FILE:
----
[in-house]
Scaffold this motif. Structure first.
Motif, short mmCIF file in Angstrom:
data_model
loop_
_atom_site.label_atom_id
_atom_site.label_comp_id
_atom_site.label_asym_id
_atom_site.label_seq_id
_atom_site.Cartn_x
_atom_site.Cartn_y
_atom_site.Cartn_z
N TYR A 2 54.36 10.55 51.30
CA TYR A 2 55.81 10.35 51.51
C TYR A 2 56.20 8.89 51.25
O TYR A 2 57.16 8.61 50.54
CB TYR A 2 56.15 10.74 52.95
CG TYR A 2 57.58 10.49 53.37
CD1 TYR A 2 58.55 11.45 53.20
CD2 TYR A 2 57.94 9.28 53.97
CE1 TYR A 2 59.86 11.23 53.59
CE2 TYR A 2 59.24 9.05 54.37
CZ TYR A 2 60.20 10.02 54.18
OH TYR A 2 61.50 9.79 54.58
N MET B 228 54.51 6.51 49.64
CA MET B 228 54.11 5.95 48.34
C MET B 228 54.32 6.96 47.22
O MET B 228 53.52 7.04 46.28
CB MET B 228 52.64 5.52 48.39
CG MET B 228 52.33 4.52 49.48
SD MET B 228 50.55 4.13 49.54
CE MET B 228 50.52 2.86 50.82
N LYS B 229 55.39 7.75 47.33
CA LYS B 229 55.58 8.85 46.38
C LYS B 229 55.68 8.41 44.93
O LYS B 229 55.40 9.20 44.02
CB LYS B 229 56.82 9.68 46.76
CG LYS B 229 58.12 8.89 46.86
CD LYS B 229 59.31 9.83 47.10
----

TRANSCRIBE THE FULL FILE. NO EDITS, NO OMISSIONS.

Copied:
[in-house]
Scaffold this motif. Structure first.
Motif, short mmCIF file in Angstrom:
data_model
loop_
_atom_site.label_atom_id
_atom_site.label_comp_id
_atom_site.label_asym_id
_atom_site.label_seq_id
_atom_site.Cartn_x
_atom_site.Cartn_y
_atom_site.Cartn_z
N TYR A 2 54.36 10.55 51.30
CA TYR A 2 55.81 10.35 51.51
C TYR A 2 56.20 8.89 51.25
O TYR A 2 57.16 8.61 50.54
CB TYR A 2 56.15 10.74 52.95
CG TYR A 2 57.58 10.49 53.37
CD1 TYR A 2 58.55 11.45 53.20
CD2 TYR A 2 57.94 9.28 53.97
CE1 TYR A 2 59.86 11.23 53.59
CE2 TYR A 2 59.24 9.05 54.37
CZ TYR A 2 60.20 10.02 54.18
OH TYR A 2 61.50 9.79 54.58
N MET B 228 54.51 6.51 49.64
CA MET B 228 54.11 5.95 48.34
C MET B 228 54.32 6.96 47.22
O MET B 228 53.52 7.04 46.28
CB MET B 228 52.64 5.52 48.39
CG MET B 228 52.33 4.52 49.48
SD MET B 228 50.55 4.13 49.54
CE MET B 228 50.52 2.86 50.82
N LYS B 229 55.39 7.75 47.33
CA LYS B 229 55.58 8.85 46.38
C LYS B 229 55.68 8.41 44.93
O LYS B 229 55.40 9.20 44.02
CB LYS B 229 56.82 9.68 46.76
CG LYS B 229 58.12 8.89 46.86
CD LYS B 229 59.31 9.83 47.10